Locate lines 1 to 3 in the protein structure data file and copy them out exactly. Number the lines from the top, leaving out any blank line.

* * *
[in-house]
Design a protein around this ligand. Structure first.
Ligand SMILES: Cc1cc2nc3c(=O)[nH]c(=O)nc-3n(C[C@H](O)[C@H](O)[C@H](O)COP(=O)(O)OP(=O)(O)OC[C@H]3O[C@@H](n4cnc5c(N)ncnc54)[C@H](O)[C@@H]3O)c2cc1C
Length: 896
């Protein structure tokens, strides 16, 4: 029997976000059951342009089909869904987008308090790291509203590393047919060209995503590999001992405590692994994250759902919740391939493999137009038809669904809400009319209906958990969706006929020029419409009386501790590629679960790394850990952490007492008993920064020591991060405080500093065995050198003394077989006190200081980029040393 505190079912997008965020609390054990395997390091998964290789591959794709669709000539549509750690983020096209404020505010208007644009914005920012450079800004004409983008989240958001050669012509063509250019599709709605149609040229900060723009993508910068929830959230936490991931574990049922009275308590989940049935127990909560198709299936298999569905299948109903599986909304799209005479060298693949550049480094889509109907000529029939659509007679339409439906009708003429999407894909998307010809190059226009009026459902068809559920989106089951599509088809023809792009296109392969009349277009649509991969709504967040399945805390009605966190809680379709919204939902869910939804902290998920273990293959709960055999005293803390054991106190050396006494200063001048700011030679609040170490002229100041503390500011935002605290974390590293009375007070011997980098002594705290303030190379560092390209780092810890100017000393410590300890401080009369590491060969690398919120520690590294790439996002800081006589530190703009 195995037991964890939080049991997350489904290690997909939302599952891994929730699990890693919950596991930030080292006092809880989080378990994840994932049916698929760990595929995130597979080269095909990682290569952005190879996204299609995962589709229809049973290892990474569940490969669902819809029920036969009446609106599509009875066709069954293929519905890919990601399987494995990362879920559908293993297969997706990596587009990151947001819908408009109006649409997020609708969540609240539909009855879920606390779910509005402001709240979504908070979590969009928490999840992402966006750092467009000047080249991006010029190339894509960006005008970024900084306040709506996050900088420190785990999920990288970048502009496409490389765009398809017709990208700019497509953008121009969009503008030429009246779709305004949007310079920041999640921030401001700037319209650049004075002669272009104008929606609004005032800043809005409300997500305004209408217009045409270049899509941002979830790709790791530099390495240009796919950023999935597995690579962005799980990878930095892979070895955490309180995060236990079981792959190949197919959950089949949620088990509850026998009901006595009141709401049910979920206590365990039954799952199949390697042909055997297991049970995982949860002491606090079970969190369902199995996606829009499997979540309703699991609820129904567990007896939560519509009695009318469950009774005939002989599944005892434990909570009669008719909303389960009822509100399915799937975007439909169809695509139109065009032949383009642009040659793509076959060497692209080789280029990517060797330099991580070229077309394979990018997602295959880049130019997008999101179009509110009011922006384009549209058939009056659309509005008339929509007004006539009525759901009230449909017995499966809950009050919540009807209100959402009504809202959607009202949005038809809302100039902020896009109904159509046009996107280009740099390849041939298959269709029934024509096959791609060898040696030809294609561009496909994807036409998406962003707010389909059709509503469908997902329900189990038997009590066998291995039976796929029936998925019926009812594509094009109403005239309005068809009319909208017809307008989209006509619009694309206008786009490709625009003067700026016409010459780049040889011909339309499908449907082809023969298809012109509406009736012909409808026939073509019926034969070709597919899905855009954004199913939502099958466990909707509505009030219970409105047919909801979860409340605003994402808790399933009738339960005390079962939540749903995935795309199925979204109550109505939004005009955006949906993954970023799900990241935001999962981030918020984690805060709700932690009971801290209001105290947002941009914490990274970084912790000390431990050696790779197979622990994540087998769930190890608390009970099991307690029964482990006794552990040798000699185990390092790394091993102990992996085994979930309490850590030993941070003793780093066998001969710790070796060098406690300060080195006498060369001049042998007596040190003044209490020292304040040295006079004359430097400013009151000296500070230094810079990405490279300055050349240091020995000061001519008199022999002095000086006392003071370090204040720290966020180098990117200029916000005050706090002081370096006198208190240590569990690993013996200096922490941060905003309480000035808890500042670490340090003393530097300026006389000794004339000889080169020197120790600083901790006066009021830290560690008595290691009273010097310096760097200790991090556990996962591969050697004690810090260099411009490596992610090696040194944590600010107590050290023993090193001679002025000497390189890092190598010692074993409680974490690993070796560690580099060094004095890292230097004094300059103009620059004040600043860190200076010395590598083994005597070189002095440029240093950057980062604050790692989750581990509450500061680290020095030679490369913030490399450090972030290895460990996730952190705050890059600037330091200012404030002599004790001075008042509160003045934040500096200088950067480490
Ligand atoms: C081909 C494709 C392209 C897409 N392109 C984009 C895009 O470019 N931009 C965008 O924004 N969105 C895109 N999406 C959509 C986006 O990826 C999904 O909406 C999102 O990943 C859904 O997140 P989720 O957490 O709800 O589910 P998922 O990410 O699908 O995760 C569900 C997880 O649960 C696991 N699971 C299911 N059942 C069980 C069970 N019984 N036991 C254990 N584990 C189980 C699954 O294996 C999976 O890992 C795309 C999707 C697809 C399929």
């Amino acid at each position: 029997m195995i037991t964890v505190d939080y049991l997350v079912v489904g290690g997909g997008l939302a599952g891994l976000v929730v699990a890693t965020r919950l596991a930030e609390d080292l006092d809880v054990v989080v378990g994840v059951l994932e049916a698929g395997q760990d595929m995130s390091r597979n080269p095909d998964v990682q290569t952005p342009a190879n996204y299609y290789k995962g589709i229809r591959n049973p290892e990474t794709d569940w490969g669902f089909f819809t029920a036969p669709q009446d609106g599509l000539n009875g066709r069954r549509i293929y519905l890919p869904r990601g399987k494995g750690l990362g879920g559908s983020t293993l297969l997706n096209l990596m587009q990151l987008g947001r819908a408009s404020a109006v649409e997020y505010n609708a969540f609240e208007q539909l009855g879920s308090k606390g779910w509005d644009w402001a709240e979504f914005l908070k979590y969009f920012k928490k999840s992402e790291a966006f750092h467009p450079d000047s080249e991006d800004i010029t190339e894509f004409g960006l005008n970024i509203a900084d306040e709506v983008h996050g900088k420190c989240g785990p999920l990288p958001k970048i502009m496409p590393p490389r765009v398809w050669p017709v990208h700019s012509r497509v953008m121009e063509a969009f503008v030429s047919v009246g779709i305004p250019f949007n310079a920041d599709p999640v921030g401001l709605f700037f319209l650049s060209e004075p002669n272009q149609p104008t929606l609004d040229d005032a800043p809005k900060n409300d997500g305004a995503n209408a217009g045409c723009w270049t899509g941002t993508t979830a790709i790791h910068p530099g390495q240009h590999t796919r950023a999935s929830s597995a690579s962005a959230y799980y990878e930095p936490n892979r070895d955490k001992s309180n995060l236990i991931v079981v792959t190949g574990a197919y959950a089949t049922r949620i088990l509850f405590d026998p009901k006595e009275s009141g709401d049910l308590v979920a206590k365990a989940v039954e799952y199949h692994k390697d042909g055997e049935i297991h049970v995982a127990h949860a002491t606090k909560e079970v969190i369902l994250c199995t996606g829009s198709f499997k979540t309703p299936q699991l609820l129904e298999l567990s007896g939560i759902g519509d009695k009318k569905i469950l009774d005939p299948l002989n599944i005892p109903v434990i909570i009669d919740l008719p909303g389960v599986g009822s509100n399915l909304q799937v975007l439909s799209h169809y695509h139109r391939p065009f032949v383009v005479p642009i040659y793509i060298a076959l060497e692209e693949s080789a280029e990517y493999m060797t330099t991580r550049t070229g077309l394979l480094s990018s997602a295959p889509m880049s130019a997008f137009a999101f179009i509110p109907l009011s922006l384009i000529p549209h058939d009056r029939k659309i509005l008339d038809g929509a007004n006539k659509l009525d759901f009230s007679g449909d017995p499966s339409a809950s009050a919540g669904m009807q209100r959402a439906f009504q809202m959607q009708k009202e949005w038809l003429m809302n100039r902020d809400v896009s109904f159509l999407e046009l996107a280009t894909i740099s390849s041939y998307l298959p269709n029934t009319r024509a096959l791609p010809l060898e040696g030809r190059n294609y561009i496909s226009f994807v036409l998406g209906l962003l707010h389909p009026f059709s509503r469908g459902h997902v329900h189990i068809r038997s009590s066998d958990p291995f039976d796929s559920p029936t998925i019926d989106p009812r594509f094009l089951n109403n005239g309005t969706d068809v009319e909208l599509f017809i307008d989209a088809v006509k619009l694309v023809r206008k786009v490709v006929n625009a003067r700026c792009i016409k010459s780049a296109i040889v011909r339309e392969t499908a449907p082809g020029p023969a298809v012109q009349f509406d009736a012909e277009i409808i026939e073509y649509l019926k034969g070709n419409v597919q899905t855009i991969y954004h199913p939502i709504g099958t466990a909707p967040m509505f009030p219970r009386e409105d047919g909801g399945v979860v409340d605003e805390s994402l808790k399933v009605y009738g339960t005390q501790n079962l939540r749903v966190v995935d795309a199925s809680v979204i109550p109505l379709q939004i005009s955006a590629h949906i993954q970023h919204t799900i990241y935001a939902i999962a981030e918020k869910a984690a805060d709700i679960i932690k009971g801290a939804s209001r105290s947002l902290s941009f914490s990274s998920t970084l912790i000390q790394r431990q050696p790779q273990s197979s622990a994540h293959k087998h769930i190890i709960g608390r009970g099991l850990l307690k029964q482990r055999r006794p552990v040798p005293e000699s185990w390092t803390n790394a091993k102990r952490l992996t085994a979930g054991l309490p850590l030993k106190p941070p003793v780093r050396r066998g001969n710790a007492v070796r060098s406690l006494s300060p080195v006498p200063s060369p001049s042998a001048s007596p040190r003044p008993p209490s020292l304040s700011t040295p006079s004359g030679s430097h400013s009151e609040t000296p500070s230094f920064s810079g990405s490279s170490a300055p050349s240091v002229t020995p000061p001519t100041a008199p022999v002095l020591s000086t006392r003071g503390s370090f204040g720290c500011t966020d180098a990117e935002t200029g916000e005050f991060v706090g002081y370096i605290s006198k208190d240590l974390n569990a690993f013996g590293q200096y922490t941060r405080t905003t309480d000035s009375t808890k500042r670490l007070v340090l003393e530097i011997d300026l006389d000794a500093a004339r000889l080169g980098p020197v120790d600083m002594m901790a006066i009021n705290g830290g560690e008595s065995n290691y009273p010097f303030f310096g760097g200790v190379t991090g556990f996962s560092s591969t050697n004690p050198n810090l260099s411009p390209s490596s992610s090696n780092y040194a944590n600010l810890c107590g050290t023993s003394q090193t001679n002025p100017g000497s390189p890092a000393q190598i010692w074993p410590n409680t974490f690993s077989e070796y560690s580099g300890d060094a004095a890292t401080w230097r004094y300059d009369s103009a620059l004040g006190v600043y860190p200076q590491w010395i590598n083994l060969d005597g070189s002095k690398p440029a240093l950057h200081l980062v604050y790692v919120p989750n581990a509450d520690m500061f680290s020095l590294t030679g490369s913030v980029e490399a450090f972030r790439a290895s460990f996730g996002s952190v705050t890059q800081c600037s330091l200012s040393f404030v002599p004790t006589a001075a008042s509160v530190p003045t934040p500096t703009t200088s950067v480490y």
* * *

[in-house]
Design a protein around this ligand. Structure first.
Ligand SMILES: Cc1cc2nc3c(=O)[nH]c(=O)nc-3n(C[C@H](O)[C@H](O)[C@H](O)COP(=O)(O)OP(=O)(O)OC[C@H]3O[C@@H](n4cnc5c(N)ncnc54)[C@H](O)[C@@H]3O)c2cc1C